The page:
The interesting thing is habits are formed in the part of the brain that has a major influence on “emotions, memories and pattern recognition.” It’s called the basal ganglia. Why is this interesting? Because it’s a separate from the region of the brain responsible for decision making – the prefrontal cortex. And, as a result, when automation kicks in, when habit loops initiate, the prefrontal cortex goes into hibernation.

This is readily available knowledge, at least by quick reference to experience. Think about how difficult the very basics of reading and math once were. We learned by rote memory, by memorizing the alphabet and times tables, and this period of learning required intense concentration. But after a while these things became second nature. It’s because, like any other habit, our focus, determination, and persistence eventually formed habit loops.

Lessons from in the Loop

Because all habits begin with a cue and end with a reward, it’s important, especially if you have big plans for your health this year – to exercise three or four times a week, to cut out sugar from your diet, etc. – to figure out some sort of consistent pattern to follow when you eat, go to the gym, or whatever you may do.

Maybe before a trip to the gym you listen to music you really like as you prepare, and afterwards you treat yourself to some yogurt. When some people crave a sweet snack, they cut up some apples and eat those as substitutes instead.

With new habits, especially healthy habits, old habits are broken. And this means the power of the reward system established by the old habit loop becomes more and more powerless. As you exercise more, your desire to lay around all day will weaken. And as you stay away from sugar, your cravings will diminish.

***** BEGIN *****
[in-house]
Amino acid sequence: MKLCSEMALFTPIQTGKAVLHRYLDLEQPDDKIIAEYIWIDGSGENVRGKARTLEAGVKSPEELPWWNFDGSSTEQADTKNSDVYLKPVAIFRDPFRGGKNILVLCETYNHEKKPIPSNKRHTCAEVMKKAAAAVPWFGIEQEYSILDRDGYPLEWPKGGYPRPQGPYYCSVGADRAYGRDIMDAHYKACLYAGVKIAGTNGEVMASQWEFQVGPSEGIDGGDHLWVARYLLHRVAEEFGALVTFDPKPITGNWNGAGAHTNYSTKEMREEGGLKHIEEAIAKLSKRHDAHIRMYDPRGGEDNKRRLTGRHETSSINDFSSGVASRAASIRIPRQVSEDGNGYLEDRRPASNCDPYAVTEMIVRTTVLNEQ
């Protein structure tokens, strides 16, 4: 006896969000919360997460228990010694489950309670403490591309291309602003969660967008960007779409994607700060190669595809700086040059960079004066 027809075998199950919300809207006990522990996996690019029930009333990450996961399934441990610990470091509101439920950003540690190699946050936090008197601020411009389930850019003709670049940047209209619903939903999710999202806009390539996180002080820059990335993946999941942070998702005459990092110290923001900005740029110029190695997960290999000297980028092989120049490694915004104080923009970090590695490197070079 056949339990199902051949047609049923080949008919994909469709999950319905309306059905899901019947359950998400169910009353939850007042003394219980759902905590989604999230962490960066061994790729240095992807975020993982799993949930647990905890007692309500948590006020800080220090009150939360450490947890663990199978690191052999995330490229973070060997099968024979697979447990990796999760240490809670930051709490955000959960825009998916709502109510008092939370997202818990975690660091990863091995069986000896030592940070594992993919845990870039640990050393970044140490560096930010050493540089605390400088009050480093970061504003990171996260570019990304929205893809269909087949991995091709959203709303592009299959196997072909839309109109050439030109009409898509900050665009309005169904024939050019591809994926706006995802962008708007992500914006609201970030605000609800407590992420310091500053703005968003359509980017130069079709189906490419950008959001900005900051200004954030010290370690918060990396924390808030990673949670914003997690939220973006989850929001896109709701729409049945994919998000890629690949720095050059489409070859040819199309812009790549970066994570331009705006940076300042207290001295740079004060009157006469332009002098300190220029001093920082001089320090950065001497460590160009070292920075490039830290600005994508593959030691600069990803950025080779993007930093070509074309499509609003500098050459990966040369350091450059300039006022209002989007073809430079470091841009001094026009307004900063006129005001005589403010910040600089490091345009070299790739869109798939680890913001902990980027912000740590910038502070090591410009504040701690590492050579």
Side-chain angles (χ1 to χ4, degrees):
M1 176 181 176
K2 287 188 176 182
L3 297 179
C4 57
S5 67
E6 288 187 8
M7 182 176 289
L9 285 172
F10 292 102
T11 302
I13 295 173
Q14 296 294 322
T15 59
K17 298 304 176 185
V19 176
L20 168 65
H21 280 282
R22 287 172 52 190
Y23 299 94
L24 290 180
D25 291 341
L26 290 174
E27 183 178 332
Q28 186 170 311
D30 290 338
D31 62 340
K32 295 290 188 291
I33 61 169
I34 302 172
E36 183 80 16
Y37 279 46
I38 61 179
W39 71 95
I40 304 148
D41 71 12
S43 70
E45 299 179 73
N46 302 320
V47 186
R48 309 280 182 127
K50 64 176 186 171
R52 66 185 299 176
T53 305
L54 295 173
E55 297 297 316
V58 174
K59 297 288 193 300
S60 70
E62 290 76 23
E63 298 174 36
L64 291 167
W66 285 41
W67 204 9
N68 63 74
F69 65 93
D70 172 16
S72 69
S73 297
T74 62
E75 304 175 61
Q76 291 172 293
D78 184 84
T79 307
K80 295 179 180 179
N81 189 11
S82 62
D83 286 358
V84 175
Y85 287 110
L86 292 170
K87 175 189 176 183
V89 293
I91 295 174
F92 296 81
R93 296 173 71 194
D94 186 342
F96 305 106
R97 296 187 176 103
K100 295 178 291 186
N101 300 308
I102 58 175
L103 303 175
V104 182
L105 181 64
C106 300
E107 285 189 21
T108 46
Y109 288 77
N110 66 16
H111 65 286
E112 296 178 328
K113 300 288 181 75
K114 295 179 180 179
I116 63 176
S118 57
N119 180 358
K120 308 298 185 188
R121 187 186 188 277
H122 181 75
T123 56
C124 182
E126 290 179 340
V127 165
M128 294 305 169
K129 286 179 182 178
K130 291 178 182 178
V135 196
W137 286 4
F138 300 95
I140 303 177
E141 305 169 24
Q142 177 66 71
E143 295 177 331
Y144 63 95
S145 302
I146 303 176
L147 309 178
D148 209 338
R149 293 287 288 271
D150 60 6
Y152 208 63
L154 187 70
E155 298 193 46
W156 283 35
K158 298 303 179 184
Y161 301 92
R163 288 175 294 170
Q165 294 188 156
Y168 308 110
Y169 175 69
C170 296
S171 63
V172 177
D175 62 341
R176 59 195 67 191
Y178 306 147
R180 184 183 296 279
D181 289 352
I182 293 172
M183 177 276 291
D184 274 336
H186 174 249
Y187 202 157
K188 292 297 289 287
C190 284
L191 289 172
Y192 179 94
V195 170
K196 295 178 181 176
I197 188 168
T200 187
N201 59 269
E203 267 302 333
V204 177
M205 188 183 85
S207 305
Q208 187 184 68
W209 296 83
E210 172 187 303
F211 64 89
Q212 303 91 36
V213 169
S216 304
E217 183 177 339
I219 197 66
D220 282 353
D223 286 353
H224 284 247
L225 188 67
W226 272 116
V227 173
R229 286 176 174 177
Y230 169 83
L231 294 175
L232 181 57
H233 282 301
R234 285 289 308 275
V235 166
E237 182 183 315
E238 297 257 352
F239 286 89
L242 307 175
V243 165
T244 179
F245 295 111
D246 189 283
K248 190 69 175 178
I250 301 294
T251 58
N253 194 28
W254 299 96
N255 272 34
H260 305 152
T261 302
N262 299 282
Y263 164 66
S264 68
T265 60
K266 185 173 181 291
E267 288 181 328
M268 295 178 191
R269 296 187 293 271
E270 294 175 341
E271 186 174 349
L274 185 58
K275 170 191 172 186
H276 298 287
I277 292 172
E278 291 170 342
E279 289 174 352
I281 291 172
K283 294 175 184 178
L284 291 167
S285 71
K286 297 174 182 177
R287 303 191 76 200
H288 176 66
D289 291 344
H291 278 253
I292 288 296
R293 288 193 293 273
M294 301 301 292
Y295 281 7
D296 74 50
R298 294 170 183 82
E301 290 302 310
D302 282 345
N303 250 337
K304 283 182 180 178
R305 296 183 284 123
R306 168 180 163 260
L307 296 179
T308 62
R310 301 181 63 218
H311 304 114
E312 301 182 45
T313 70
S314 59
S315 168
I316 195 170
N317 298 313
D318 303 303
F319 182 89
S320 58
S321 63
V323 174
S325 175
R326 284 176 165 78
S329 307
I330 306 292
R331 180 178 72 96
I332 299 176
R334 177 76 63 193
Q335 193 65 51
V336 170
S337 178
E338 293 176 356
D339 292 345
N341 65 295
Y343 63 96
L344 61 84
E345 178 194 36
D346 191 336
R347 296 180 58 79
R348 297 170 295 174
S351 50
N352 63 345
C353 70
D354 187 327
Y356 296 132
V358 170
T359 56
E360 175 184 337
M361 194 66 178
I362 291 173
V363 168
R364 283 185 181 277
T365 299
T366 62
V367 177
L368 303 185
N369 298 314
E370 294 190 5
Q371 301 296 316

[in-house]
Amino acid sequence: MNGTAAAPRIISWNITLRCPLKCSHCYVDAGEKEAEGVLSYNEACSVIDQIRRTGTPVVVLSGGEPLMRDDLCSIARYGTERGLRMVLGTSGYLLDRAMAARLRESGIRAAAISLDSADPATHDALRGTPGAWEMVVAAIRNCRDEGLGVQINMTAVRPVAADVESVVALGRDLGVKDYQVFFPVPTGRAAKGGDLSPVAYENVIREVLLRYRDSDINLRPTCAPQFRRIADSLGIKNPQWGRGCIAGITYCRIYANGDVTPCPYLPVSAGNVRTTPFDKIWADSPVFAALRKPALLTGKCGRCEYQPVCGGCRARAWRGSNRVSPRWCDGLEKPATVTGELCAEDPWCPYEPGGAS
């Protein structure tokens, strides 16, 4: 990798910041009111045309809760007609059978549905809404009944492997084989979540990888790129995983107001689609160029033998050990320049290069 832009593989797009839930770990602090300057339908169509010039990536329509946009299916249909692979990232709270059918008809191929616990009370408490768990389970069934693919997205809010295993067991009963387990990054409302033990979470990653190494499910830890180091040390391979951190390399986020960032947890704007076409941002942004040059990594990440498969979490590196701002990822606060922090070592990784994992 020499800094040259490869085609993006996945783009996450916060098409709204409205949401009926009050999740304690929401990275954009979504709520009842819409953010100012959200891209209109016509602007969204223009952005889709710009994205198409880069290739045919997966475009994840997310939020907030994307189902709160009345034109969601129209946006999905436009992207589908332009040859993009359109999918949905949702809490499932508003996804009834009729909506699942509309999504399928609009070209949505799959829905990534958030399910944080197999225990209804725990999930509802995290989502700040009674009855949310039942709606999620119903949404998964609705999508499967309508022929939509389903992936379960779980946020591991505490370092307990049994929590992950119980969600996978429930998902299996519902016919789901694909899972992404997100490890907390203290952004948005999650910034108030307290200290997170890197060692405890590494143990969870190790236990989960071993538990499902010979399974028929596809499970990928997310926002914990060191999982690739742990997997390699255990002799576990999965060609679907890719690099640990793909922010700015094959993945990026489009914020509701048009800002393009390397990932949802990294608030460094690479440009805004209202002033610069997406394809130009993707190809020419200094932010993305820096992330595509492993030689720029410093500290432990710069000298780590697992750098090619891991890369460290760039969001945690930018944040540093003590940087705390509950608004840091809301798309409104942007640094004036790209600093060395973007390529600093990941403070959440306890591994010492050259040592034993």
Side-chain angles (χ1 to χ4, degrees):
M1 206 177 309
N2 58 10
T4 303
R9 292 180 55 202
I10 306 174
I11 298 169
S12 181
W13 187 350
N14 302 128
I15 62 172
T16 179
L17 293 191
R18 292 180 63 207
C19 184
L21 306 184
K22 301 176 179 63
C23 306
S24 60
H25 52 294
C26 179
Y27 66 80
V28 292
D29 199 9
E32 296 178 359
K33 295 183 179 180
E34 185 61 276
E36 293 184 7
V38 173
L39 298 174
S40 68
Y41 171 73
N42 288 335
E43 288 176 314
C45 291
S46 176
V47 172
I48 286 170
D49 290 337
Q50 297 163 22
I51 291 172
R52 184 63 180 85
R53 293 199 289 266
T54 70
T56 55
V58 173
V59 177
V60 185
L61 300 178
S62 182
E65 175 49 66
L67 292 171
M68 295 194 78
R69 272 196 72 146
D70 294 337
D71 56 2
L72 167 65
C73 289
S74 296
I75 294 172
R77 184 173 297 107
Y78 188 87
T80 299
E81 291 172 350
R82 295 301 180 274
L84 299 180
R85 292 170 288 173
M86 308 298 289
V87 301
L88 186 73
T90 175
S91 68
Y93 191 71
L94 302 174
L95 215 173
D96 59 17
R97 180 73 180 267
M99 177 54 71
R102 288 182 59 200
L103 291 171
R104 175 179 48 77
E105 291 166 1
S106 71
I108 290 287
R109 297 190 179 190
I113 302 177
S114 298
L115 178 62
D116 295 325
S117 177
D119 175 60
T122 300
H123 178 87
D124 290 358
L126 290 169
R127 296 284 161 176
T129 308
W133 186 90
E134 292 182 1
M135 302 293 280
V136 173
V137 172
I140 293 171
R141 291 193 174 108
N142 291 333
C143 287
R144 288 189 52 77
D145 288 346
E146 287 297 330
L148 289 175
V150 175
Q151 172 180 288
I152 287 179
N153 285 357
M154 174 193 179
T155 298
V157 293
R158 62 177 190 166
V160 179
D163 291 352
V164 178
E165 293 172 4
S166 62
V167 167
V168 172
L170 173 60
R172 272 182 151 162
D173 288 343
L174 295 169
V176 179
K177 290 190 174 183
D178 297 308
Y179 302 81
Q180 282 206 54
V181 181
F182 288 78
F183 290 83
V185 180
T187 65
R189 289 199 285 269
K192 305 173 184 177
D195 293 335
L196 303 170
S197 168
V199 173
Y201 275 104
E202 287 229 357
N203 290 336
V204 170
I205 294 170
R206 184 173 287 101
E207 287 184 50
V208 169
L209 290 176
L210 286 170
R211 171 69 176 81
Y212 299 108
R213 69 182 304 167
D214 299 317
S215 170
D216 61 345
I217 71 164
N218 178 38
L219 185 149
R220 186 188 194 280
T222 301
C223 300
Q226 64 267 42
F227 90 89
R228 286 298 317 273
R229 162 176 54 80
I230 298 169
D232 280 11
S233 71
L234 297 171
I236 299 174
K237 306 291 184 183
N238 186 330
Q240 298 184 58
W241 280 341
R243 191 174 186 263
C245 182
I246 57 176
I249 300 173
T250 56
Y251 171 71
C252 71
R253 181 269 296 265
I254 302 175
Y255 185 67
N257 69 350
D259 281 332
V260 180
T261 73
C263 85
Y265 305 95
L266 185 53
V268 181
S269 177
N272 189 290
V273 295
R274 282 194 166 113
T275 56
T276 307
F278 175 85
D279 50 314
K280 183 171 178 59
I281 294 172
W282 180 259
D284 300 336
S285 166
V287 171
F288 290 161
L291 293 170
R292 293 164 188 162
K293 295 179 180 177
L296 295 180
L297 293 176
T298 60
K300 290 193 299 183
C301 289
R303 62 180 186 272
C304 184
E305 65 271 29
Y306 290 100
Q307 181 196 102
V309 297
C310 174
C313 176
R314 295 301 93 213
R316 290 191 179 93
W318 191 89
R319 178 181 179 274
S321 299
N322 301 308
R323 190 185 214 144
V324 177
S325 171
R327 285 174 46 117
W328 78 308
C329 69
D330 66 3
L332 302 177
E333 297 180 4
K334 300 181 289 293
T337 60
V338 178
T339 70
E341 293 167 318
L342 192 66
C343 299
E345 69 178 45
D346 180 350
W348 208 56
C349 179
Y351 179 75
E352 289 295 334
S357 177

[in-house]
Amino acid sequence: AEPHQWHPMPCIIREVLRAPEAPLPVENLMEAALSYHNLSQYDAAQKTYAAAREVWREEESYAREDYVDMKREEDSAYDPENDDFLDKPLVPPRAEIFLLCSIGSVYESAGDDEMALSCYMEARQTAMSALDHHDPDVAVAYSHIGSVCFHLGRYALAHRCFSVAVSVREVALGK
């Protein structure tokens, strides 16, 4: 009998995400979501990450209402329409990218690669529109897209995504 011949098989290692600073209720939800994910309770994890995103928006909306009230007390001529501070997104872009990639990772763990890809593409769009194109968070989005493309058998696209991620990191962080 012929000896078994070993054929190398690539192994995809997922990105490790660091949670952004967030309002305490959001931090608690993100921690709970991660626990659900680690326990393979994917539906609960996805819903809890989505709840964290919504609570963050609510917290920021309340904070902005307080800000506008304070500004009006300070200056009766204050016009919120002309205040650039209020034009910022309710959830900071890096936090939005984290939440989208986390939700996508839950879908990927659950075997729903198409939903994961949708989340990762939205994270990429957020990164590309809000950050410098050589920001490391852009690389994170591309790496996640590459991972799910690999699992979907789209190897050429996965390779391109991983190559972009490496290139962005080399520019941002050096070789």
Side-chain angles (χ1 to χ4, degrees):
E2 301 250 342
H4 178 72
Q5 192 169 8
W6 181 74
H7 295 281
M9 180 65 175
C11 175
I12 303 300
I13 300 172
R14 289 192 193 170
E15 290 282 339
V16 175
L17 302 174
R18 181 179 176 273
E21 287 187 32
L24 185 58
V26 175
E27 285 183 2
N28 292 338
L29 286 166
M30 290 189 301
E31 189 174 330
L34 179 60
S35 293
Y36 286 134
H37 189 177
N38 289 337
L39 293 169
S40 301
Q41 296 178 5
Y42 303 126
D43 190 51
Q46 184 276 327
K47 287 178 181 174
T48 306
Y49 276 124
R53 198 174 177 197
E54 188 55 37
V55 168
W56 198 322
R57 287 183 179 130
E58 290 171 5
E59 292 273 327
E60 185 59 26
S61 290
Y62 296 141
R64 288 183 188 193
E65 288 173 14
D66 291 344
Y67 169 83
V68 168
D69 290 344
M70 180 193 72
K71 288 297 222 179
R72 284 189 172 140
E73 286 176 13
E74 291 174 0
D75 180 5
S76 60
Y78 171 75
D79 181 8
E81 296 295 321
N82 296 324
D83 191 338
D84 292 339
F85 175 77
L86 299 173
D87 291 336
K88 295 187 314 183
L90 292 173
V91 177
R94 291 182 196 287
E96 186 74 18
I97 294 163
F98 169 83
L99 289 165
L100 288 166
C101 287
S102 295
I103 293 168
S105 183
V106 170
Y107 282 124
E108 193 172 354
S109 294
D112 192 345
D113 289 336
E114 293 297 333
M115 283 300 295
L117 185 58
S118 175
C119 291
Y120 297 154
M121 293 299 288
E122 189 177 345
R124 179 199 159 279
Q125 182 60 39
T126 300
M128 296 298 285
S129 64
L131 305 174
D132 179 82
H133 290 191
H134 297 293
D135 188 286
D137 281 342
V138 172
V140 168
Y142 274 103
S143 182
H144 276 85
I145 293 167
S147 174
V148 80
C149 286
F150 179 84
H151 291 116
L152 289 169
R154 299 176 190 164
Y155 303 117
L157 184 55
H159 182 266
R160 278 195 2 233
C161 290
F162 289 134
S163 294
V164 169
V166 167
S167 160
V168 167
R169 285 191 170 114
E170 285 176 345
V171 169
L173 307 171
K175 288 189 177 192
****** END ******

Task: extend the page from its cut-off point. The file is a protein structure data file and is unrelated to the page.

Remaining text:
For more information on habits and the science behind them, you might also be interested in Scientific American’s podcast episode where Dr. Art Markman discusses things like “How to know you have a habit,” “How to work in league with your psychology to from new habits,” and “How we are more likely to succeed when we view failure as part of the process.”

Conclusion

But, most importantly, remember that habits are like cycles: as you reinforce them, they eventually become as automatic and predictable as the sunrise in the morning. Don’t be discouraged by failure. Every mistake is an opportunity to learn, an opportunity to change, and an opportunity to become better at what you are trying to do.

How to Prepare Your Washer and Dryer for Storage

Tips for Preparing Your Washer and Dryer for StorageMaybe you’re in between homes, or your new place doesn’t have a designated area for your washer and dryer yet. Whatever your situation, the following tips will prove useful as you prepare your washer and dryer for storage.

Cleaning

First thing’s first: clean your washer. You don’t want your washer to rust while it sits in storage. Nor do you want detergent residue to harden beyond the point of no return. Simply clean your washer by running a hot water cycle with vinegar. Then dry it with a towel.

All you’ll want to do for your dryer is clean out the lint tray well, by simply rubbing a damp cloth against its filter.

Disconnecting

Many manuals actually lay out the steps for disconnecting your washer and dryer. You’ll want to consult a manual if you have it. Otherwise, generally you’ll want to turn off the water, the electricity breakers, and disconnect the hoses. Then your machines will be ready to move.

Moving

You may be surprised by how light washers and dryers are. But, whether they’re light or heavy, you’ll want to purchase or borrow a dolly. Transportation will be much easier, and you won’t have to worry about denting or jarring anything. If you hire a moving company, don’t forget to stay informed about their policies.

Storing

Wrap both your machines with either shrink wrap or a blanket. This will keep them clean from dust and protect them from dents and scratches, if you’ll be moving things around a lot.

Another thing you’ll want to do is store them on pallets. This will keep them from forming condensation underneath, as pallets allow airflow. And, as a bonus, they’ll protect your units in the unlikely occasion that water gets into your unit.

Tips for Storing Rugs

Tips for Storing RugsMaybe you’ve downsized your living space for a while. Or maybe you have family staying for an extended visit, and you don’t want their dogs to trample your large, pristine rug. Whatever your situation, when you put your rug in storage, you’ll want to prepare it properly.